In Moscow, camp survivors recall suffering under Nazis and under countrymen


MOSCOW -- Veterans of Nazi prison camps are meeting veterans of Communist prison camps here this week.

Many are white-haired, bent, aged. Others are not so old, and haven't been out so very long. All had suffered at the hands of the century's two great totalitarian systems.

A few -- like 69-year-old Yevgenia Wrubletskaia -- had known both.

"I was in both hells. There was no difference between them," she said.

These were regimes built on cruelty, humiliation and death.

But a theme that was voiced strongly at the conference's opening session was that the German totalitarian past is safely buried while Russia's is not.

"There was a trial at Nuremberg. But the fact that the Communist Party is banned here doesn't mean we're finished with Bolshevism," warned Semyon Vilyensky, chairman of the Vozvrashchenye -- or, Return -- Society, which organized the conference.

"If the Germans had enough courage to blame fascism, we've had no courage to blame communism," said Ms. Wrubletskaia. "It seems there's a sort of renaissance of communism now, and I worry about it very much. For us, it will be a bad end."

Ms. Wrubletskaia knows about bad ends. She was 17 and living in her native Poland when World War II broke out in 1939. The Germans sent her to Berlin as a laborer. She fell in with some anti-Nazis, was arrested, then placed in a camp at Ravensbrueck where she worked making aviation parts.

Those who lost their health died. She was young and strong, and survived.

On April 30, 1945, Ravensbrueck was liberated by the Red Army. For 24 days Ms. Wrubletskaia was a free woman. Then she was seized by Soviet security agents and sent to Moscow.

She was interrogated for 16 months, kept for most of the time in a stone "box" that was too small for her to lie down in. "They tortured me," she said. "They raped me."

Finally, she was tricked into signing Soviet citizenship papers, was formally arrested and charged with being a spy -- for whom was never made clear -- and then was shipped off to the gulag.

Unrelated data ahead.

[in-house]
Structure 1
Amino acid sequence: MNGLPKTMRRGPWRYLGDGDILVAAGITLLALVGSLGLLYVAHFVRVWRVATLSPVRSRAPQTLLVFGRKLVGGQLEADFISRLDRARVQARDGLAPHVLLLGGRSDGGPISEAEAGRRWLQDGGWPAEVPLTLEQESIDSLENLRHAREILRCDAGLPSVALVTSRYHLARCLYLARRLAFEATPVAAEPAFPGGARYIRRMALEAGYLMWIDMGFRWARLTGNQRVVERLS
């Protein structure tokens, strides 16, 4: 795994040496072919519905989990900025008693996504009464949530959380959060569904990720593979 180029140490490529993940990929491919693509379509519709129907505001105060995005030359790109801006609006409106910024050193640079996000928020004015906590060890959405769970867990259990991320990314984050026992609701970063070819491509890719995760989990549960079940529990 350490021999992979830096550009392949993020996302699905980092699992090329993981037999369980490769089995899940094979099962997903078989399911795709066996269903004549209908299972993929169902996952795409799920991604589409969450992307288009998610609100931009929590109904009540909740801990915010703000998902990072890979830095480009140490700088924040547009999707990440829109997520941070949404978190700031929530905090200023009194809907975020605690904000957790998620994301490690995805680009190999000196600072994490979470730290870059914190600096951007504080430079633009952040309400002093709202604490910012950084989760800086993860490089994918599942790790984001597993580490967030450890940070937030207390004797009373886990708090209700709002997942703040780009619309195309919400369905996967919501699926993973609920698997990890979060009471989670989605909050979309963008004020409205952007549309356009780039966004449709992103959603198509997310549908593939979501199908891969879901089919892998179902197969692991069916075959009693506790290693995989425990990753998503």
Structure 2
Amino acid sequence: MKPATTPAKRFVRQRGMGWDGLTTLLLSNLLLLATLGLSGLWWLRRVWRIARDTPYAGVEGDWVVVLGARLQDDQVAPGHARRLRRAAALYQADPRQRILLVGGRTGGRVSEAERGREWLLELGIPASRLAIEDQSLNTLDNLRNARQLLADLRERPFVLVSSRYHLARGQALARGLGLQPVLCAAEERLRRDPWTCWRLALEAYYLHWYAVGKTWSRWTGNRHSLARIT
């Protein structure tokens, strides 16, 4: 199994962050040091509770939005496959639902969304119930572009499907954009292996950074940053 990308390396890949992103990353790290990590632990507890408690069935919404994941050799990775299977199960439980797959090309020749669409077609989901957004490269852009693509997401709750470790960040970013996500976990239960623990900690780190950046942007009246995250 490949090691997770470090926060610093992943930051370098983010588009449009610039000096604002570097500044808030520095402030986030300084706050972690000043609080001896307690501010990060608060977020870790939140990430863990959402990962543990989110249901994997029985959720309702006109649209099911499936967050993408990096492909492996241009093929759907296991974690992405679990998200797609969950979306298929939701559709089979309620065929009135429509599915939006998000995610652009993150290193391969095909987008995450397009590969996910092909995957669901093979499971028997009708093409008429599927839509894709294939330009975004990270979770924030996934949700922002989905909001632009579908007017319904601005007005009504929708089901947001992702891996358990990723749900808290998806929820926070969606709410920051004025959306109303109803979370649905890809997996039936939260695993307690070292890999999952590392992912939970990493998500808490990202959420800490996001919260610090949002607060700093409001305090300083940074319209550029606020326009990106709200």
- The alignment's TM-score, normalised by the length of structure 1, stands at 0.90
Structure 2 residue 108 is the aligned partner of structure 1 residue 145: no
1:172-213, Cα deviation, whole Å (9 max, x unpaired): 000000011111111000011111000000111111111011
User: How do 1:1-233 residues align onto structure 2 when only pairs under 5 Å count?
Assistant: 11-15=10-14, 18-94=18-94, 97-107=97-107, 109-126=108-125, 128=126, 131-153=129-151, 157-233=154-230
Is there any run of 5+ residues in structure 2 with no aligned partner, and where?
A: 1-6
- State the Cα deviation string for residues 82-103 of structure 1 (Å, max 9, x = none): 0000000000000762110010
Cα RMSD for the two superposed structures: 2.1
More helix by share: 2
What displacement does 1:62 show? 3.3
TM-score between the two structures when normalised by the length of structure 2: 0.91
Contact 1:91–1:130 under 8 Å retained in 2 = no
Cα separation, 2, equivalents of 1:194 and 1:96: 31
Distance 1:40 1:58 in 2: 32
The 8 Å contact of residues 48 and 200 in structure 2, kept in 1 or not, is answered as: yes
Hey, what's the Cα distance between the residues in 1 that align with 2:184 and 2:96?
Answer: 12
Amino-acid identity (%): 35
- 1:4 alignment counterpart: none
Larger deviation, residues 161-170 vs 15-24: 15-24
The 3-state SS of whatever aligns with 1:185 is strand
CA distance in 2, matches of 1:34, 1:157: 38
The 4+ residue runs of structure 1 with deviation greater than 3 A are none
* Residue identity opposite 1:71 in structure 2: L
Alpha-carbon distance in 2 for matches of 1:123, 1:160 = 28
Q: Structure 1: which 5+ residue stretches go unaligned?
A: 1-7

She was sent to a camp north of the Arctic Circle. "We were forced to construct cities, roads, dams, mines and houses, all with our bare hands," she said.

Many died from malnutrition; at one point in 1947, she said, 20 women a day were dropping dead at work. Others were simply shot, for such infractions as stepping out of the line of march. A Polish friend of hers was shot that way. The guard who killed her was rewarded with a vacation home, she says.

Ms. Wrubletskaia emerged from camp in 1955 and settled down in the nearby village of Inta, because she lacked permission to live anywhere else.

Today she has neatly curled white hair, poor eyesight, an appearance of some inner strength. For her, Stalin's camps were worse than Hitler's.

"In the fascist camps," she said, "they destroyed mainly citizens of conquered countries. But under this regime, they destroyed their own countrymen. This was monstrous."

Igor Pinchukov was dispatched from the streets of Kiev in 1941 to work on Rudolf Vopel's farm in Goersbach, Germany. He was 15. "My Germans -- they treated me very well," he said. "It was like a fairy tale."

In 1945 the Americans came. The young Mr. Pinchukov was befriended by a sergeant, Thomas Macocatic of Weirton, W.Va., a steel town near Pittsburgh. Mr. Pinchukov was put to work as a laborer for the U.S. Army. He said Sergeant Macocatic (who died in 1982) had talked about sponsoring him as an immigrant to the United States.

But Goersbach was in what became the Soviet zone -- later East Germany -- and after three months U.S. forces withdrew to a line about 10 miles away. Mr. Pinchukov was told to wait at the farm. The Soviets promptly arrested him.

He spent 10 years in and out of the gulag. He was released once in 1949. He immediately went to the U.S. Embassy in Moscow to see what he might be entitled to as a former employee of the U.S. Army. He arrived after the offices had closed. As he left, he was arrested by the KGB. He was released again in 1956.

He worked in the mines in Kazakhstan, where he still lives. "They treated us like animals," he said. "I don't feel this country is my motherland. This country just punished me. I was affronted here. I want to get out."

The prison-camp conference, which opened Tuesday, was held in an ornate hall that used to be the setting for funerals of Politburo members. The infamous show trials of the 1930s, when Stalin established the gulag, were also held here.

Andrei Vorobil, the Russian minister of health, is the son of two Bolsheviks who were purged by Stalin. Both were imprisoned in December 1936. Imagine the grief of the children, he said, as he struggled to speak through tears. Every night for 10 years, they waited for their parents, waited to smell again the aroma of their father's tobacco.

They were told their father had been denied permission to write letters. Later, they learned that meant he was dead.

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